Josh Marshall takes a look at White House Chief of Staff Gen. John Kelly’s views on the Civil War and his refusal to apologize to Rep. Frederica Wilson (D-FL) for his obviously erroneous comments about her.
Ta-Nehisi Coates did a systematic take-down of John Kelly after he presented a revisionist history of the Civil War on Laura Ingraham’s new show on Fox [Monday] night. You can see that here. Kelly’s key points were that the cause (and for us the lesson) of the Civil War was an unwillingness to compromise and that Robert E. Lee was an “honorable” man.
Coates offers a good, clear rebuttal which there’s no need for me to duplicate. But I wanted to ask a more general question. Why is John Kelly talking about Robert E. Lee? Let alone praising him or attacking him, why is Lee even a topic of discussion? Kelly is an Irish Catholic from Boston born in 1950. He is not someone born in the Deep South who was reared in the Lee cult and coming to grips with that legacy or unable to shake it fully. Why is this even something we’re talking about?
Kelly did another notable thing. He pledged he would “never” apologize for his comments about Rep. Frederica Wilson (D-FL). This is despite the fact that it has been repeatedly and clearly shown that his central claim about her was false. We can give him the benefit of the doubt and assume his memory was faulty on the first take. I think we should. But sticking to the claim in the face of clear and irrefutable evidence makes it a clear lie on the second and third and every subsequent take. He also thinks Mueller should be investigating Secretary Clinton.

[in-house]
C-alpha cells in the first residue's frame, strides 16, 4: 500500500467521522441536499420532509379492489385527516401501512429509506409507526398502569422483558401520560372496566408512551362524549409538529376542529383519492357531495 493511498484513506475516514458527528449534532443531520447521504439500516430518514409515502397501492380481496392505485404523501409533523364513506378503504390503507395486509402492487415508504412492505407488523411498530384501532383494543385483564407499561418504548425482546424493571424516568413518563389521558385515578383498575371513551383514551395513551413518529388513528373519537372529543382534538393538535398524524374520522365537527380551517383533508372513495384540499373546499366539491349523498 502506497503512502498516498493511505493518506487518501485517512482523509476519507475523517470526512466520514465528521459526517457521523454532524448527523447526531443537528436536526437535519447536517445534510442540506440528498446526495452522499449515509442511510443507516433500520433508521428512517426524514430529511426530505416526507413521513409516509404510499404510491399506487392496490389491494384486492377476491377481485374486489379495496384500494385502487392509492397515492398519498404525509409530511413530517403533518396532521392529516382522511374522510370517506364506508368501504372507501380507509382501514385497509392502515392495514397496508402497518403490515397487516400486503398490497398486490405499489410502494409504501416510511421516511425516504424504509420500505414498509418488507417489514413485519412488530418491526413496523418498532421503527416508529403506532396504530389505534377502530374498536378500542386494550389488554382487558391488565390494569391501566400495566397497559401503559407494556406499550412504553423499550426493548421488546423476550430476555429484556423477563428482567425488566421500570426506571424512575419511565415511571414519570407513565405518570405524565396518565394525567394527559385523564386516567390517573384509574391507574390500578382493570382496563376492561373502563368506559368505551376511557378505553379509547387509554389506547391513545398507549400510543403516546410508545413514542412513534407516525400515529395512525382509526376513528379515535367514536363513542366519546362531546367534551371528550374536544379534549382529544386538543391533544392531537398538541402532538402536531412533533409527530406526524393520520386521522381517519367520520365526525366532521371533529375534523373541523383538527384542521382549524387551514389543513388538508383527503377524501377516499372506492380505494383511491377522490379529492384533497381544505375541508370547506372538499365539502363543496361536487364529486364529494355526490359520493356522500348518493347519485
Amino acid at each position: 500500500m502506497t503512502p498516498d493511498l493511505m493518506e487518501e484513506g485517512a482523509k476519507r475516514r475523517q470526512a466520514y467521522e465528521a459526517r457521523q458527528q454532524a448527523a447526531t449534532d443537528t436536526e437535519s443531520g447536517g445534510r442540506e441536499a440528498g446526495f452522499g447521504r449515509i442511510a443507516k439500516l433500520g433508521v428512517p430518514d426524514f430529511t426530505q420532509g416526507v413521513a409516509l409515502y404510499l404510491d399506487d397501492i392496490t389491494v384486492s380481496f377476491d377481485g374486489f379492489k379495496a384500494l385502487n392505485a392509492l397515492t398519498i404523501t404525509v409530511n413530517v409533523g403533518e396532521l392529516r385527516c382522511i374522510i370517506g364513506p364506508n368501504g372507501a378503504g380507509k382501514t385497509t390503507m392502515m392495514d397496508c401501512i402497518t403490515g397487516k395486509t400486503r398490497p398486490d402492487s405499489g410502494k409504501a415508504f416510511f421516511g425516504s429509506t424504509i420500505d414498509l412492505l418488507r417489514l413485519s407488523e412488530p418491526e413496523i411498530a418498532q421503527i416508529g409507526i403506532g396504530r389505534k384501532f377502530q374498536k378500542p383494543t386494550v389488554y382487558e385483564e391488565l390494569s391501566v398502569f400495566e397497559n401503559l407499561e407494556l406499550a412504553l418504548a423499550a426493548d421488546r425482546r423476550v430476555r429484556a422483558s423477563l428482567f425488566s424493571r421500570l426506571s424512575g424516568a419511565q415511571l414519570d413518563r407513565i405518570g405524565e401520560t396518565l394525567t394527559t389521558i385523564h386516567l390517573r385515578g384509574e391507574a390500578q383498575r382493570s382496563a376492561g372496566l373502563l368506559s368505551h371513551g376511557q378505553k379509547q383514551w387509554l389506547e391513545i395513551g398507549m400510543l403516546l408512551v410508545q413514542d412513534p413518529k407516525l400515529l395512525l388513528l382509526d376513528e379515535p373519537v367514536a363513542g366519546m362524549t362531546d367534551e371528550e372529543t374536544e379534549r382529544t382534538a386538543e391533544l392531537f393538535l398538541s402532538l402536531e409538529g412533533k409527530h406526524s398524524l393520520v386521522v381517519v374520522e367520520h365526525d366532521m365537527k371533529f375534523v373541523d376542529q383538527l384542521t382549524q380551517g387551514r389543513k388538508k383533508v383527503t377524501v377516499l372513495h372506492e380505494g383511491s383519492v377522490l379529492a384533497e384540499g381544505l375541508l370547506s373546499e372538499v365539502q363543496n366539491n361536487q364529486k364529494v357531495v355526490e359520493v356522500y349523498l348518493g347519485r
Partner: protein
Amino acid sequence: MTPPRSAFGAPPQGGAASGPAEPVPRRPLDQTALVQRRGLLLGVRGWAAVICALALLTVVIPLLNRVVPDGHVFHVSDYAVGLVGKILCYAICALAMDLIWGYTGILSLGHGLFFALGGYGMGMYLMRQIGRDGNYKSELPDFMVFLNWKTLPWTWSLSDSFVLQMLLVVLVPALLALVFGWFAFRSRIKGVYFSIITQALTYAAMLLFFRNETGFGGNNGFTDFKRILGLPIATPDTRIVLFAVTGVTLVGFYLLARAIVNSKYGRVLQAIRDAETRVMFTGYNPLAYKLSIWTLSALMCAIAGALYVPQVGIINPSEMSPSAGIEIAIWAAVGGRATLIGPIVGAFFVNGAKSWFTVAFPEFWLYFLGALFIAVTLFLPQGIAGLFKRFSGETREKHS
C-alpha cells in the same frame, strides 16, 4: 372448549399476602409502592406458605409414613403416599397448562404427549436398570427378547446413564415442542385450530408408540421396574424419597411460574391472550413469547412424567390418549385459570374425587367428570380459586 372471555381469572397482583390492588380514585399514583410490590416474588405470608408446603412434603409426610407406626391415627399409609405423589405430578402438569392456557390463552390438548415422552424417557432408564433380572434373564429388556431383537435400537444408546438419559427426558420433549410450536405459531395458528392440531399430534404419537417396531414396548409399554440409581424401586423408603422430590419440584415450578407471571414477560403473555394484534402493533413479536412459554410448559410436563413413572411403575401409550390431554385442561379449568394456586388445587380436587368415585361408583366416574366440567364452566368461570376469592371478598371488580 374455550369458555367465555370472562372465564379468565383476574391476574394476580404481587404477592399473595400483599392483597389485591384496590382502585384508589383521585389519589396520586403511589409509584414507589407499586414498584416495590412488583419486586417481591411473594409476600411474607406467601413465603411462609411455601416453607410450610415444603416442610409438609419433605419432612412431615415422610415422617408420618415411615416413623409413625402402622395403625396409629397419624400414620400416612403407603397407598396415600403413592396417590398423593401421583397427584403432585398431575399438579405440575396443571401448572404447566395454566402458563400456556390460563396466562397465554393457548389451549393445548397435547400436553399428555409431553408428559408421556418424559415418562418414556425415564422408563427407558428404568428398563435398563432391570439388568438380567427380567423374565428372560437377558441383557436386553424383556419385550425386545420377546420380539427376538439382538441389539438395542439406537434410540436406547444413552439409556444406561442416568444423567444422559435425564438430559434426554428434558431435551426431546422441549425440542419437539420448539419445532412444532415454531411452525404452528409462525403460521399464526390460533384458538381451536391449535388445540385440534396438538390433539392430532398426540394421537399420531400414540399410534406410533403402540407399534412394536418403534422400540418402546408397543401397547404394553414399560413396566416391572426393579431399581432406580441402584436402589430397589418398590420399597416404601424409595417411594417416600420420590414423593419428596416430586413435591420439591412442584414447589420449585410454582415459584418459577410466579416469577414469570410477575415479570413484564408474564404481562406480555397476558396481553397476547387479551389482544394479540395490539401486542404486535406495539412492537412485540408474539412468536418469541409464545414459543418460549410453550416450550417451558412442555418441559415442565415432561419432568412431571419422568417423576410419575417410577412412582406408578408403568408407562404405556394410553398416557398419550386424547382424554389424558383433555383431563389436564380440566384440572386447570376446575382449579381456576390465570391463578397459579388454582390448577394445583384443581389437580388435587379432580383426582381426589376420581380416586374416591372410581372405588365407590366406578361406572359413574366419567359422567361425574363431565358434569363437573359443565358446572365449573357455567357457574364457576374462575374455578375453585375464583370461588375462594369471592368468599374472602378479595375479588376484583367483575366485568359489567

I take this performance as showing two things. One is what we saw in Kelly’s attack on Rep. Wilson. Kelly is not an adult in the room. He’s an example of what we might call Total Quality Trumpism, Trumpist ideology in a more disciplined, duty-focused, professional package. The core ideology and beliefs about reclamation and rectitude are the same. It’s not an accident that he ended up in the tightest circle of Trump’s orbit. The other is that, once again, Trump damages everything he touches.
But there’s something subtly different about Kelly compared to all the others who cozied up to Trump and saw their reputations and dignity destroyed through a deep inner weakness, desperation or lack of character – Christie, Pence, Tillerson, Priebus et al. Kelly’s eyes appear wide open. His tie to Trump seems to be based on a deep commonality of belief and a desire to sand away the rough edges of Trump to ensure the core goals of Trumpism succeed.
Gen. Kelly is not the only one who thinks the Civil War had nothing to do with slavery and we could have avoided all of that unpleasantness had we only left the South alone; slavery would have died out on its own because of the industrial revolution. It’s the Jim Crow version, but in his case, James Corvus. I’ve heard that from so many people who also think “Gone With The Wind” was a documentary that it’s no wonder that a white guy from Boston would accept it.
As for the idea that Kelly is a smoother, more palatable version of Trump and his ideology, there too we’ve all seen them on TV as clear-eyed and in control of their outbursts, but still gently pushing the ideas that Trump carries around on the end of a pitchfork. They can explain away their views of life and How Things Should Be in such a way that even when they are sharing demonstrable lies and misconceptions they sound like the most reasonable person in the room.
But underneath we still know there lurks danger and poison, and when you strip down the polish to bare metal, you have, as actor Wendell Pierce noted, a racist prick.